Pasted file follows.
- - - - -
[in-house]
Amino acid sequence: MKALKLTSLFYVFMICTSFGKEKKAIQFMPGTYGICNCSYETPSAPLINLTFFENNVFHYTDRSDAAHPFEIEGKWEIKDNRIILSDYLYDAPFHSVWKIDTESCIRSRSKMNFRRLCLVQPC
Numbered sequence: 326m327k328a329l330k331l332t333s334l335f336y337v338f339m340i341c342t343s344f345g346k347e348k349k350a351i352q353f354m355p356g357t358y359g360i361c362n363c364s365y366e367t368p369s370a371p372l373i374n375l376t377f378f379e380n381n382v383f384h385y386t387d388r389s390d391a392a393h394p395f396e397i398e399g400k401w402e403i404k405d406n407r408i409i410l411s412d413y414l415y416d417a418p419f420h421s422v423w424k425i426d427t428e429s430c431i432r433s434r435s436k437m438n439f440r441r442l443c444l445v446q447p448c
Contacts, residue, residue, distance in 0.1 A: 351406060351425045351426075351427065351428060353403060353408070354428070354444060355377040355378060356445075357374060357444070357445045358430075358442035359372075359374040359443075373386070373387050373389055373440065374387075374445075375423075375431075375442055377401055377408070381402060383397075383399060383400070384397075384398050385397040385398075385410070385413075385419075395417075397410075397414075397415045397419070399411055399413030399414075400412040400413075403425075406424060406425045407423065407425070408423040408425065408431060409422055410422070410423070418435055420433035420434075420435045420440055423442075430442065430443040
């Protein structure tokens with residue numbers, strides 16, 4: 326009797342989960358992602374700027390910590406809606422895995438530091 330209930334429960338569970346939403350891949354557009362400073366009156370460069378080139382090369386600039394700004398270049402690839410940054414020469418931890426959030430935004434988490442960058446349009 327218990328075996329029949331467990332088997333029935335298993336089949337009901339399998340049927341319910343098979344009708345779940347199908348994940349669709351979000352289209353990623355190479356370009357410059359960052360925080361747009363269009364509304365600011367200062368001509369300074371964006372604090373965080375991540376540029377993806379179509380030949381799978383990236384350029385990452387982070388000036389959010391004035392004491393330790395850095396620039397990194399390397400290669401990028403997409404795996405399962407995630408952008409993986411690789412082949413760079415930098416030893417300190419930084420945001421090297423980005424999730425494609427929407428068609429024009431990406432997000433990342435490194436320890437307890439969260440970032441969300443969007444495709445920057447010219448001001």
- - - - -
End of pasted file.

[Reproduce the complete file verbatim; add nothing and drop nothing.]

[in-house]
Amino acid sequence: MKALKLTSLFYVFMICTSFGKEKKAIQFMPGTYGICNCSYETPSAPLINLTFFENNVFHYTDRSDAAHPFEIEGKWEIKDNRIILSDYLYDAPFHSVWKIDTESCIRSRSKMNFRRLCLVQPC
Numbered sequence: 326m327k328a329l330k331l332t333s334l335f336y337v338f339m340i341c342t343s344f345g346k347e348k349k350a351i352q353f354m355p356g357t358y359g360i361c362n363c364s365y366e367t368p369s370a371p372l373i374n375l376t377f378f379e380n381n382v383f384h385y386t387d388r389s390d391a392a393h394p395f396e397i398e399g400k401w402e403i404k405d406n407r408i409i410l411s412d413y414l415y416d417a418p419f420h421s422v423w424k425i426d427t428e429s430c431i432r433s434r435s436k437m438n439f440r441r442l443c444l445v446q447p448c
Contacts, residue, residue, distance in 0.1 A: 351406060351425045351426075351427065351428060353403060353408070354428070354444060355377040355378060356445075357374060357444070357445045358430075358442035359372075359374040359443075373386070373387050373389055373440065374387075374445075375423075375431075375442055377401055377408070381402060383397075383399060383400070384397075384398050385397040385398075385410070385413075385419075395417075397410075397414075397415045397419070399411055399413030399414075400412040400413075403425075406424060406425045407423065407425070408423040408425065408431060409422055410422070410423070418435055420433035420434075420435045420440055423442075430442065430443040
């Protein structure tokens with residue numbers, strides 16, 4: 326009797342989960358992602374700027390910590406809606422895995438530091 330209930334429960338569970346939403350891949354557009362400073366009156370460069378080139382090369386600039394700004398270049402690839410940054414020469418931890426959030430935004434988490442960058446349009 327218990328075996329029949331467990332088997333029935335298993336089949337009901339399998340049927341319910343098979344009708345779940347199908348994940349669709351979000352289209353990623355190479356370009357410059359960052360925080361747009363269009364509304365600011367200062368001509369300074371964006372604090373965080375991540376540029377993806379179509380030949381799978383990236384350029385990452387982070388000036389959010391004035392004491393330790395850095396620039397990194399390397400290669401990028403997409404795996405399962407995630408952008409993986411690789412082949413760079415930098416030893417300190419930084420945001421090297423980005424999730425494609427929407428068609429024009431990406432997000433990342435490194436320890437307890439969260440970032441969300443969007444495709445920057447010219448001001």